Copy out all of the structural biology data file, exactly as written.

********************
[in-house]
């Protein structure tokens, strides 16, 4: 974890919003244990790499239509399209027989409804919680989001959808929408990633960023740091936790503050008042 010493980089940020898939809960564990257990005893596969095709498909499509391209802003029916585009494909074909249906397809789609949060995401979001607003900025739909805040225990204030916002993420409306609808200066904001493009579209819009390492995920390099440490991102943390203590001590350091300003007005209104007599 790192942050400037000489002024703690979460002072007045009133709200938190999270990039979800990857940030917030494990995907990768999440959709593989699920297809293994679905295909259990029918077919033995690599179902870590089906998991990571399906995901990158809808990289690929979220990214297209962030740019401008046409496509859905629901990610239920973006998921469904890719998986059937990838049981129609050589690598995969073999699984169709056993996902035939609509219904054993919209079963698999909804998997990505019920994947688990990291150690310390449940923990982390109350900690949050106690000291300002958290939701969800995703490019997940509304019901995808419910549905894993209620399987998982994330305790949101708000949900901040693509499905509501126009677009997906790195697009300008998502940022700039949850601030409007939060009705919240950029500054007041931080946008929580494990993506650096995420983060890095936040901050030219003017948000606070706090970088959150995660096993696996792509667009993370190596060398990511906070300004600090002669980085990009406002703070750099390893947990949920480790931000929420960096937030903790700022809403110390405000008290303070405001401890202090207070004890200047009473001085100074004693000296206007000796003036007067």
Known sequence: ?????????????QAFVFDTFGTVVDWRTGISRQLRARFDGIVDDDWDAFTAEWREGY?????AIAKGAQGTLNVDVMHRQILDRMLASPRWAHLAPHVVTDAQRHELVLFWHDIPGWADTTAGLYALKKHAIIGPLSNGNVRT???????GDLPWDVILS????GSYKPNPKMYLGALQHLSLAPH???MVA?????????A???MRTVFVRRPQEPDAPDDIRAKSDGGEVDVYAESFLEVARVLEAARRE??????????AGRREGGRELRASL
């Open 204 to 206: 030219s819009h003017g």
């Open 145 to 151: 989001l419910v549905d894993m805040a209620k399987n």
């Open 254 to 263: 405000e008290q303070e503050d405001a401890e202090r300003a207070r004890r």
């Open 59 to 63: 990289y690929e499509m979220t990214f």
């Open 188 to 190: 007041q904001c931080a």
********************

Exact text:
[in-house]
């Protein structure tokens, strides 16, 4: 974890919003244990790499239509399209027989409804919680989001959808929408990633960023740091936790503050008042 010493980089940020898939809960564990257990005893596969095709498909499509391209802003029916585009494909074909249906397809789609949060995401979001607003900025739909805040225990204030916002993420409306609808200066904001493009579209819009390492995920390099440490991102943390203590001590350091300003007005209104007599 790192942050400037000489002024703690979460002072007045009133709200938190999270990039979800990857940030917030494990995907990768999440959709593989699920297809293994679905295909259990029918077919033995690599179902870590089906998991990571399906995901990158809808990289690929979220990214297209962030740019401008046409496509859905629901990610239920973006998921469904890719998986059937990838049981129609050589690598995969073999699984169709056993996902035939609509219904054993919209079963698999909804998997990505019920994947688990990291150690310390449940923990982390109350900690949050106690000291300002958290939701969800995703490019997940509304019901995808419910549905894993209620399987998982994330305790949101708000949900901040693509499905509501126009677009997906790195697009300008998502940022700039949850601030409007939060009705919240950029500054007041931080946008929580494990993506650096995420983060890095936040901050030219003017948000606070706090970088959150995660096993696996792509667009993370190596060398990511906070300004600090002669980085990009406002703070750099390893947990949920480790931000929420960096937030903790700022809403110390405000008290303070405001401890202090207070004890200047009473001085100074004693000296206007000796003036007067």
Known sequence: ?????????????QAFVFDTFGTVVDWRTGISRQLRARFDGIVDDDWDAFTAEWREGY?????AIAKGAQGTLNVDVMHRQILDRMLASPRWAHLAPHVVTDAQRHELVLFWHDIPGWADTTAGLYALKKHAIIGPLSNGNVRT???????GDLPWDVILS????GSYKPNPKMYLGALQHLSLAPH???MVA?????????A???MRTVFVRRPQEPDAPDDIRAKSDGGEVDVYAESFLEVARVLEAARRE??????????AGRREGGRELRASL
């Open 204 to 206: 030219s819009h003017g």
């Open 145 to 151: 989001l419910v549905d894993m805040a209620k399987n």
């Open 254 to 263: 405000e008290q303070e503050d405001a401890e202090r300003a207070r004890r």
């Open 59 to 63: 990289y690929e499509m979220t990214f």
């Open 188 to 190: 007041q904001c931080a």